An advantage that a statically linked binary have over a container is reduced resource consumption and a smaller size on disk. A container needs the entire runtime to be present, which will include a ton of stuff the program won't need. Granted, if you install enough containerised applications that rely on the same runtime the differences go away.
Klaas 18 Aug
Quoting: BlackBloodRumMy point was that people (such as yourself) often believed that enterprise level distros were pointless even for servers (…)
That's really insulting and bordering on defamation. Please don't put words in my mouth that I'd never say.

Quoting: CyborgZetaBut wouldn't running games, and programs/applications in general, inside containers fix this kind of issue? Isn't that one of the goals of Flatpak?

You wouldn't be able to use things like the nvidia graphics driver anymore unless you'd include a matching version as well. And then you'd have to fix the kernel.


Last edited by Klaas on 18 August 2022 at 12:03 am UTC
Quinn 18 Aug
There's an easy solution, ban the use of EAC in GNU+Linux native games.
Oh, wait...


Last edited by Quinn on 18 August 2022 at 1:03 am UTC
TheRiddick 18 Aug
All multiplayer games have anti-cheat software. So really, do we want linux to be the single player only game platform?
Zagorim 18 Aug
Quoting: QuinnThere's an easy solution, ban the use of EAC in GNU+Linux native games.
Oh, wait...

Except that Shovel Knight is a native linux game that doesn't use EAC and it's still broken by the glibc update.
I think the glibc devs need to be more careful about the kind of updates they push and the impact they can have.
slaapliedje 18 Aug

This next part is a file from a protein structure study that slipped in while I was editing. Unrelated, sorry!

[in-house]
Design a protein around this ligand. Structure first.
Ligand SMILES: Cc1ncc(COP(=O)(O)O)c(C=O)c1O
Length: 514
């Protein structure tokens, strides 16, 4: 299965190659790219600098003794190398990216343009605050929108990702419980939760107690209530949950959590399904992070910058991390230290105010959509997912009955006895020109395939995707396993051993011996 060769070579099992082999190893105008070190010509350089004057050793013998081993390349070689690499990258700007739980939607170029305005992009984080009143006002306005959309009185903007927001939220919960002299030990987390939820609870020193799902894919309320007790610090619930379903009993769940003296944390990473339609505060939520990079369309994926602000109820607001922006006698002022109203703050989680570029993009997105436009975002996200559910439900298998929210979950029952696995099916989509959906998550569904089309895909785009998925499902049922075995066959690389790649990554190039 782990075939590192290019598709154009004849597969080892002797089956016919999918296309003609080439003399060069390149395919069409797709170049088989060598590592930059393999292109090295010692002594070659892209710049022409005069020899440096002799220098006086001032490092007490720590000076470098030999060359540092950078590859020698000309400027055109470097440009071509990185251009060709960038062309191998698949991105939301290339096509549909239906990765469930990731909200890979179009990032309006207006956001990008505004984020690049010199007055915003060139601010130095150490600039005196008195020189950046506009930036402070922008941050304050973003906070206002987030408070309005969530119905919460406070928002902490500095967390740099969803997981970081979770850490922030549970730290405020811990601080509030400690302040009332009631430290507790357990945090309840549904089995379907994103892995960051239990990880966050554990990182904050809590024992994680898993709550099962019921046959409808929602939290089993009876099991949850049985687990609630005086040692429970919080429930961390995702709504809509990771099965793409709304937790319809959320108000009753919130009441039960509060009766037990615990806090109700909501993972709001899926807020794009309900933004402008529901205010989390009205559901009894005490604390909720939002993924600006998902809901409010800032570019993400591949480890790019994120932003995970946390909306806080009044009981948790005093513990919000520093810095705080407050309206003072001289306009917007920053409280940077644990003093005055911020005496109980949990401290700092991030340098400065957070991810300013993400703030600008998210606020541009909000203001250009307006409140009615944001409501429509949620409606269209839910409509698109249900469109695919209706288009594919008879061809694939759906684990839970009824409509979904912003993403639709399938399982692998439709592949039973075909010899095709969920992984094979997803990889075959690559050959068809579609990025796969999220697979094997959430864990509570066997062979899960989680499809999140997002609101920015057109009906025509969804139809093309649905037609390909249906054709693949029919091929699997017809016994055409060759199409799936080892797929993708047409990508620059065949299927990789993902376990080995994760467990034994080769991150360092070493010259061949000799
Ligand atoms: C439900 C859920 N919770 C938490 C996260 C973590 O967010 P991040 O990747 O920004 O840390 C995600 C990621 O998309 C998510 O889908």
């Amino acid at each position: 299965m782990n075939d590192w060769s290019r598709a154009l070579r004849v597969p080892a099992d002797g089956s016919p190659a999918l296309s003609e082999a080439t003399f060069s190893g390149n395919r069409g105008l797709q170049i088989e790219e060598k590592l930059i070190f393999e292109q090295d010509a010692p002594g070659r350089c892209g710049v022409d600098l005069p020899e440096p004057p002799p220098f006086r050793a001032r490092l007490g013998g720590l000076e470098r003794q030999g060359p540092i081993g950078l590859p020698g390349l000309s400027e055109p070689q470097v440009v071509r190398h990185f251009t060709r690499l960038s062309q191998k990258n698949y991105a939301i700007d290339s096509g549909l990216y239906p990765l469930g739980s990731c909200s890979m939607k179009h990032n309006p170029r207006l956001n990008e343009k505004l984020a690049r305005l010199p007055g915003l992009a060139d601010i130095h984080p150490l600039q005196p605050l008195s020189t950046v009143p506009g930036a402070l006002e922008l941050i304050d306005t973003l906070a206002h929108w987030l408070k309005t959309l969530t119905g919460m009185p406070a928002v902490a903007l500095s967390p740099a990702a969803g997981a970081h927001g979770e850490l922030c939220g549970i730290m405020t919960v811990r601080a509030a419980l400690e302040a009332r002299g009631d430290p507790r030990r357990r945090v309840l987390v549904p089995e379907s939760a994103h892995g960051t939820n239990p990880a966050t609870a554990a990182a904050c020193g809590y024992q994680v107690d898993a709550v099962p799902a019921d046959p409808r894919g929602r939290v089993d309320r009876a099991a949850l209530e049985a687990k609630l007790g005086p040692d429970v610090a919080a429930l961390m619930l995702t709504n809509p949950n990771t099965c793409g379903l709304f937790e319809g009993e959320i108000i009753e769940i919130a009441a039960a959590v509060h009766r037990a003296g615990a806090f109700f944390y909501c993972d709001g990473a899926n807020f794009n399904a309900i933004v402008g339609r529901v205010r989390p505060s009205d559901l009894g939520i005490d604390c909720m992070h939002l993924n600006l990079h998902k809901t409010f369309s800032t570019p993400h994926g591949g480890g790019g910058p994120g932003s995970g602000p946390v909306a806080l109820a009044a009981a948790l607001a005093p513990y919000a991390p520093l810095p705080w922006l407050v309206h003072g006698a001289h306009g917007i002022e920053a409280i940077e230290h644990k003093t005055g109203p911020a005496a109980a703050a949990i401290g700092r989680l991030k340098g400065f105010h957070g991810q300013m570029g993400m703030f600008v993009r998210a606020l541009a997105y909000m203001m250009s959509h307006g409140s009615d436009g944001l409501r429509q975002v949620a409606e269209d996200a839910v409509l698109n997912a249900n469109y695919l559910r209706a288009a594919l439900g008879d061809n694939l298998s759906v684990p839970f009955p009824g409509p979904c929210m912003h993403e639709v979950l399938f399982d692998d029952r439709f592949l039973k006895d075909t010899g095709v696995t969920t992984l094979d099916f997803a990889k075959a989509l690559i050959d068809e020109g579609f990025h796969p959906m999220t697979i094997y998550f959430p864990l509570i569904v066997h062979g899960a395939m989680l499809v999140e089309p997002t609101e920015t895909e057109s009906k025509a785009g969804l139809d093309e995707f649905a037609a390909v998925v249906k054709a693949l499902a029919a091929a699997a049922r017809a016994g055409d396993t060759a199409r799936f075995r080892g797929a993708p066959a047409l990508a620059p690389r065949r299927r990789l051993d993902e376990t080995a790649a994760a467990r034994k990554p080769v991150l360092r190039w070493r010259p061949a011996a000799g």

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Quoting: Zagorim
Quoting: QuinnThere's an easy solution, ban the use of EAC in GNU+Linux native games.
Oh, wait...

Except that Shovel Knight is a native linux game that doesn't use EAC and it's still broken by the glibc update.
I think the glibc devs need to be more careful about the kind of updates they push and the impact they can have.
https://www.phoronix.com/forums/forum/software/linux-gaming/1340528-glibc-2-36-dropping-dt_hash-has-been-breaking-easy-anti-cheat-games-with-steam-play

So according to this article and comments...
The superior method for for which broke (DT_HASH) is to use DT_GNU_HASH. Which has been around for 16 years...

Just to be fair to Linux and all the 'no stable ABI!' This is the GNU library, and isn't controlled at all by the Linux kernel, though clearly just as important.

So this isn't a case of the glibc devs needing to bw careful. They literally just changed the default compile flags to no longer include both methods, because they figured (clearly incorrectly) that people had all shifted to the much more optimized method. Which they have had 16 years to do.

Also sounds like Arch Linux at least has already changed their compile flags and people are testing 2.36-2 which seems to fix the EAC issues (and presumably games like Shovel Knight).

Edit: more technical details here.
https://flapenguin.me/elf-dt-gnu-hash

Sounds to me like some things could end up with massive performance boosts, if it was using the better prelinking!


Last edited by slaapliedje on 18 August 2022 at 9:11 am UTC